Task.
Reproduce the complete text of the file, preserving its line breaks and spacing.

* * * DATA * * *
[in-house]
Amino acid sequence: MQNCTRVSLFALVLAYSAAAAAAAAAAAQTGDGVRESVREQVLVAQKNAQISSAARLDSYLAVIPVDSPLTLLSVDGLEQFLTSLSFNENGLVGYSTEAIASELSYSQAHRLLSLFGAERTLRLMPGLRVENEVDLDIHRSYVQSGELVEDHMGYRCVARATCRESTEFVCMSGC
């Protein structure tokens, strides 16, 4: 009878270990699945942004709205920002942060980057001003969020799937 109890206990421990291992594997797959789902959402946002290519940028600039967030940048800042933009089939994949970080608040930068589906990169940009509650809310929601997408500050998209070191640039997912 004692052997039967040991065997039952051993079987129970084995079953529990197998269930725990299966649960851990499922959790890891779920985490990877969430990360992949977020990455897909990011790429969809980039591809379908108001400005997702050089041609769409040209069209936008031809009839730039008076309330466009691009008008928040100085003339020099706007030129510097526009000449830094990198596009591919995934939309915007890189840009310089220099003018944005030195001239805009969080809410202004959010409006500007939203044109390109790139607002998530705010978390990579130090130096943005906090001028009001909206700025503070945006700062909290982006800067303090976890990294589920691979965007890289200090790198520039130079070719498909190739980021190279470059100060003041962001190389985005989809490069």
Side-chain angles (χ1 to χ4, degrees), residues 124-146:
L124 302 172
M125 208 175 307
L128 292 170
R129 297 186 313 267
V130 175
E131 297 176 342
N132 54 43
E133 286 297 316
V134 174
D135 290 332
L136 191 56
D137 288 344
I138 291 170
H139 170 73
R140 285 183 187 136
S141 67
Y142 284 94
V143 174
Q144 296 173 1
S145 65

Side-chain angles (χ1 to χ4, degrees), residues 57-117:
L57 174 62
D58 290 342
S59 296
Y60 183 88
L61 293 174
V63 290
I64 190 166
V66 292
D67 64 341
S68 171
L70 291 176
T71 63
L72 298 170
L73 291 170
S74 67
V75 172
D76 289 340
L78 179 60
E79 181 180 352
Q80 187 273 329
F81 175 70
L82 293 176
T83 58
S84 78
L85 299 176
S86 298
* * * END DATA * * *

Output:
[in-house]
Amino acid sequence: MQNCTRVSLFALVLAYSAAAAAAAAAAAQTGDGVRESVREQVLVAQKNAQISSAARLDSYLAVIPVDSPLTLLSVDGLEQFLTSLSFNENGLVGYSTEAIASELSYSQAHRLLSLFGAERTLRLMPGLRVENEVDLDIHRSYVQSGELVEDHMGYRCVARATCRESTEFVCMSGC
């Protein structure tokens, strides 16, 4: 009878270990699945942004709205920002942060980057001003969020799937 109890206990421990291992594997797959789902959402946002290519940028600039967030940048800042933009089939994949970080608040930068589906990169940009509650809310929601997408500050998209070191640039997912 004692052997039967040991065997039952051993079987129970084995079953529990197998269930725990299966649960851990499922959790890891779920985490990877969430990360992949977020990455897909990011790429969809980039591809379908108001400005997702050089041609769409040209069209936008031809009839730039008076309330466009691009008008928040100085003339020099706007030129510097526009000449830094990198596009591919995934939309915007890189840009310089220099003018944005030195001239805009969080809410202004959010409006500007939203044109390109790139607002998530705010978390990579130090130096943005906090001028009001909206700025503070945006700062909290982006800067303090976890990294589920691979965007890289200090790198520039130079070719498909190739980021190279470059100060003041962001190389985005989809490069």
Side-chain angles (χ1 to χ4, degrees), residues 124-146:
L124 302 172
M125 208 175 307
L128 292 170
R129 297 186 313 267
V130 175
E131 297 176 342
N132 54 43
E133 286 297 316
V134 174
D135 290 332
L136 191 56
D137 288 344
I138 291 170
H139 170 73
R140 285 183 187 136
S141 67
Y142 284 94
V143 174
Q144 296 173 1
S145 65

Side-chain angles (χ1 to χ4, degrees), residues 57-117:
L57 174 62
D58 290 342
S59 296
Y60 183 88
L61 293 174
V63 290
I64 190 166
V66 292
D67 64 341
S68 171
L70 291 176
T71 63
L72 298 170
L73 291 170
S74 67
V75 172
D76 289 340
L78 179 60
E79 181 180 352
Q80 187 273 329
F81 175 70
L82 293 176
T83 58
S84 78
L85 299 176
S86 298